I thought I would start with a baby step by selecting something newer than the 70's. Pickings are slim when one has to browse in the used section. I got*The Roman War Machine*by John Peddie.
                        Too bad for you, had you looked on the internet you would've found his work for free. Http://historiantigua.cl/wp-content/...ry_Library.pdf

                        Not only that but he doesn't answer your questions and gets Roman camp layout completely wrong. He cites Pyrrhus as the one who taught the Romans how to lay out camps. We all know this is wrong:

                        Plut. Pyrrhus 16:*Pyrrhus therefore went forward and pitched his camp in the plain between the cities of Pandosia and Heracleia. When he learned that the Romans were near and lay encamped on the further side of the river Siris, he rode up to the river to get a view of them; and when he had observed their discipline, the appointment of their watches, their order, and the general arrangement of their camp, he was amazed,*5*and said to the friend that was nearest him: "The discipline of these Barbarians is not barbarous; but the result will show us what it amounts to."

                        In a real siege, the wall is manned by lookouts while the bulk of the defenders except for those involved in missiles are under cover
                        Now where would this happen in Rome? The Campus Martius has insufficient room to train the men required to defend Rome, it's doubtful it even had enough ground to train a legion. The Forum Romanum was a chief shopping center and place of commerce, you clearly aren't aware of how crowded this place would be and how insufficient most of Rome inside the Servian Wall is.

                        Ravaging the Forum Romanum would cause untold damage...

                        Read more books, your post's content will be less funny.

                        Comment


                        • #72
                          Most Decisive Battle - Cannae v Actium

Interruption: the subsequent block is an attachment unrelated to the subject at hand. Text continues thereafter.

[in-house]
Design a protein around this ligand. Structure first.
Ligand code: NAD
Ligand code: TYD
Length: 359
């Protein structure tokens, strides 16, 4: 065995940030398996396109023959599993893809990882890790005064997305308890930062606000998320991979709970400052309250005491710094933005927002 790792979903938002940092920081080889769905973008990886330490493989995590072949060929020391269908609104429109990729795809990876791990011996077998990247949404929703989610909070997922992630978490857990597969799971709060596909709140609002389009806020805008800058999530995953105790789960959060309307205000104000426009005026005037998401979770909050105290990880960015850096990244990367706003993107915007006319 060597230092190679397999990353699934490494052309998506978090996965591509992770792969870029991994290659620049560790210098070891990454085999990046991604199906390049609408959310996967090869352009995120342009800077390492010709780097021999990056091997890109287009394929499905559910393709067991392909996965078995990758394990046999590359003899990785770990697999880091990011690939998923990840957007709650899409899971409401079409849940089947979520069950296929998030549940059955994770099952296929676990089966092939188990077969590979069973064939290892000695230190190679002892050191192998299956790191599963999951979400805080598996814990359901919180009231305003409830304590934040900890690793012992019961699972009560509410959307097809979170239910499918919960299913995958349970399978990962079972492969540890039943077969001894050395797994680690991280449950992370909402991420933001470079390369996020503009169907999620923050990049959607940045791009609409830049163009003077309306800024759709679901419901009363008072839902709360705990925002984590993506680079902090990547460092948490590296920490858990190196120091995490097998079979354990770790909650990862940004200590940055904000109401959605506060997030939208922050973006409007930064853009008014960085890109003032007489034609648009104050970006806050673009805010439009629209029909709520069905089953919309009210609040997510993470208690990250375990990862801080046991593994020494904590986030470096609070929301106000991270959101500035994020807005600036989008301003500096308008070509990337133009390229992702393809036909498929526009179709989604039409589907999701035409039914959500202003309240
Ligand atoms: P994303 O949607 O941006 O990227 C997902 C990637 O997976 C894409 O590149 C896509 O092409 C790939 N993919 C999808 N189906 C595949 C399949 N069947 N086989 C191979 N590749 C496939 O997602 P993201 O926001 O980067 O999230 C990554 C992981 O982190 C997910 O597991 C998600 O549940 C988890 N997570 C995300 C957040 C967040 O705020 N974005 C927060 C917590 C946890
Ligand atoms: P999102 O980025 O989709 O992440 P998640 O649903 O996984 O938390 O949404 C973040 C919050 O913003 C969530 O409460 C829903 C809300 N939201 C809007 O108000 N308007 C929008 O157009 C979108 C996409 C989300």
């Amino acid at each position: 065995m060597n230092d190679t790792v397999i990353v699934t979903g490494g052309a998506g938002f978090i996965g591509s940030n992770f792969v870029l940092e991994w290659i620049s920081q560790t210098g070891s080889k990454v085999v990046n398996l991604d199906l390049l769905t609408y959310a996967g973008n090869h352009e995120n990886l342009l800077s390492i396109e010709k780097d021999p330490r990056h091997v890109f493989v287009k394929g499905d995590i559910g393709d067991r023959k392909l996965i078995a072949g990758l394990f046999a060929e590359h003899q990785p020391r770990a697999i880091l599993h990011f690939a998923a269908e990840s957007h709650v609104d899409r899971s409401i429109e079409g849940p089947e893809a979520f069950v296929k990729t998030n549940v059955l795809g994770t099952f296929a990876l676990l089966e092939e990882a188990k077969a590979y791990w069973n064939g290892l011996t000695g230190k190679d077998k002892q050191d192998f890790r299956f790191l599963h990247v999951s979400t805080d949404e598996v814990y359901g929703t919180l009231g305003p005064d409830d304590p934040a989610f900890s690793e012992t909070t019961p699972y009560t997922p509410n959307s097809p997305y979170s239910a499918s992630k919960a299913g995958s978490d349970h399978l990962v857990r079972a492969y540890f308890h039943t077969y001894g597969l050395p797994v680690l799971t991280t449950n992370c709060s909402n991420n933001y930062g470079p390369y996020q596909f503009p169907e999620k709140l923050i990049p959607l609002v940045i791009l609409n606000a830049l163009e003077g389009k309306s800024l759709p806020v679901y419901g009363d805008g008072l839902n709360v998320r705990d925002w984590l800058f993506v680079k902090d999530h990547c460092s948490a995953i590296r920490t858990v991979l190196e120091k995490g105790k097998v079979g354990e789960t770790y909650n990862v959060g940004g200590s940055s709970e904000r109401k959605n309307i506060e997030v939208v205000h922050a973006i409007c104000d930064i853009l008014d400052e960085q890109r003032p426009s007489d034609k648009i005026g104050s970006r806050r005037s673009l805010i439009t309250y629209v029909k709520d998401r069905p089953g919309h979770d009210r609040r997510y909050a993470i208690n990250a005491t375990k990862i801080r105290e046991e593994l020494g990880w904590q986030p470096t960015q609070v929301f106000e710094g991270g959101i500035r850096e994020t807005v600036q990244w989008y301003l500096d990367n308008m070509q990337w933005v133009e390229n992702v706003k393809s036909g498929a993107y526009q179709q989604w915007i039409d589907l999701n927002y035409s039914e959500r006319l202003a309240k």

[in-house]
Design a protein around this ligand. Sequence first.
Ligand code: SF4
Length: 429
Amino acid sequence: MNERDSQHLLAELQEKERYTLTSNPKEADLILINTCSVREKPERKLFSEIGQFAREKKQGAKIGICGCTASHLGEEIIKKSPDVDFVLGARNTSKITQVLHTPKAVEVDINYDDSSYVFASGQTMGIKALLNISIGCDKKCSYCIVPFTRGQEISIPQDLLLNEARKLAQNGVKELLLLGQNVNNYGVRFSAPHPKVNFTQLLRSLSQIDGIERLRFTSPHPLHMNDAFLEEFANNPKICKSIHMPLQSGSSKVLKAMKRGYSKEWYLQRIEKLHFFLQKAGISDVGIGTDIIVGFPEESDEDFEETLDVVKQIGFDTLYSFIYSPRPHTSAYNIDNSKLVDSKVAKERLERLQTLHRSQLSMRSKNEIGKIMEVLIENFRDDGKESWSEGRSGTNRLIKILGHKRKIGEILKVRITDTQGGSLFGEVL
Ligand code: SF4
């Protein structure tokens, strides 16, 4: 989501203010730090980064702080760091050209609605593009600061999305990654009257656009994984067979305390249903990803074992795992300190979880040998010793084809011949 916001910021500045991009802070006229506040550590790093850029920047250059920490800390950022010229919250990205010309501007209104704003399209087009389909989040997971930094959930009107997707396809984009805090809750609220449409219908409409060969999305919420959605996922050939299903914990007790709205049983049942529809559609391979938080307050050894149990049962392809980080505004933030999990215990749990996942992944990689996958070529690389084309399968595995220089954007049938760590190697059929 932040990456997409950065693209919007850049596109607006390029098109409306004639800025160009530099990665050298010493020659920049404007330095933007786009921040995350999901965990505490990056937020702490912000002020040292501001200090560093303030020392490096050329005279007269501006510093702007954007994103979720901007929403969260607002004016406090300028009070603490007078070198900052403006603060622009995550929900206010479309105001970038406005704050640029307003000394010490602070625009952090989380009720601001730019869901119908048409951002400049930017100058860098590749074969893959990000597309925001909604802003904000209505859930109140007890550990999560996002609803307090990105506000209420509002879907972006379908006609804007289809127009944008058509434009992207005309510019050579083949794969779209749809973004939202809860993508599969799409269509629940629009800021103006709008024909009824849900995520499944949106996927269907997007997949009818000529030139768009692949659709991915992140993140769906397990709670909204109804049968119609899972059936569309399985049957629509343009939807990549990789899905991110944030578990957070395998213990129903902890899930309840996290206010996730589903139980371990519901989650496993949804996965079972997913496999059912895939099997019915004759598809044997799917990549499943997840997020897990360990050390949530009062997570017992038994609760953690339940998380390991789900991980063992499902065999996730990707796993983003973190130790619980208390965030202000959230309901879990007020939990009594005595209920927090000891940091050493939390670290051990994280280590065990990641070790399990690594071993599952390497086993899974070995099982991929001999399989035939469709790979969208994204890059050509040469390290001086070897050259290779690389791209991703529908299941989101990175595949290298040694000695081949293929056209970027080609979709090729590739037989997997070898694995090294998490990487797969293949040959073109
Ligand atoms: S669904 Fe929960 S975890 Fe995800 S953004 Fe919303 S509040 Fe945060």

Both two Classic battle's, weigh in all the possible factors and I would have to say Actium was more decisive. Cannae was a military disaster for Rome but she rebounded and destroyed Carthage at Zama.Actium marked the end of the Roman Republic and ushered in the age of the Emperor's.

                          I have always been curious - Did Antony serve under Caesar in Gaul and did he possess any Roman veterans from Caesar's Legion's at Actium?.


                          visit : http://www.greatmilitarybattles.com/...of_cannae.html

                          Comment


                          • #73
                            Originally posted by ITALICA ONE View Post
                            Both two Classic battle's, weigh in all the possible factors and I would have to say Actium was more decisive. Cannae was a military disaster for Rome but she rebounded and destroyed Carthage at Zama.Actium marked the end of the Roman Republic and ushered in the age of the Emperor's.

                            I have always been curious - Did Antony serve under Caesar in Gaul and did he possess any Roman veterans from Caesar's Legion's at Actium?.
                            Antony did serve under Caesar in Gaul. After Caesar's assassination, Antony's bodyguards were always veterans of Caesar.
                            Flag: USA / Location: West Coast

                            Prayers.

                            BoRG

                            http://img204.imageshack.us/img204/8757/snap1ws8.jpg

                            https://www.youtube.com/watch?v=5PtsX_Z3CMU

                            Comment

                            Latest Topics

                            Collapse

                            Working...
                            X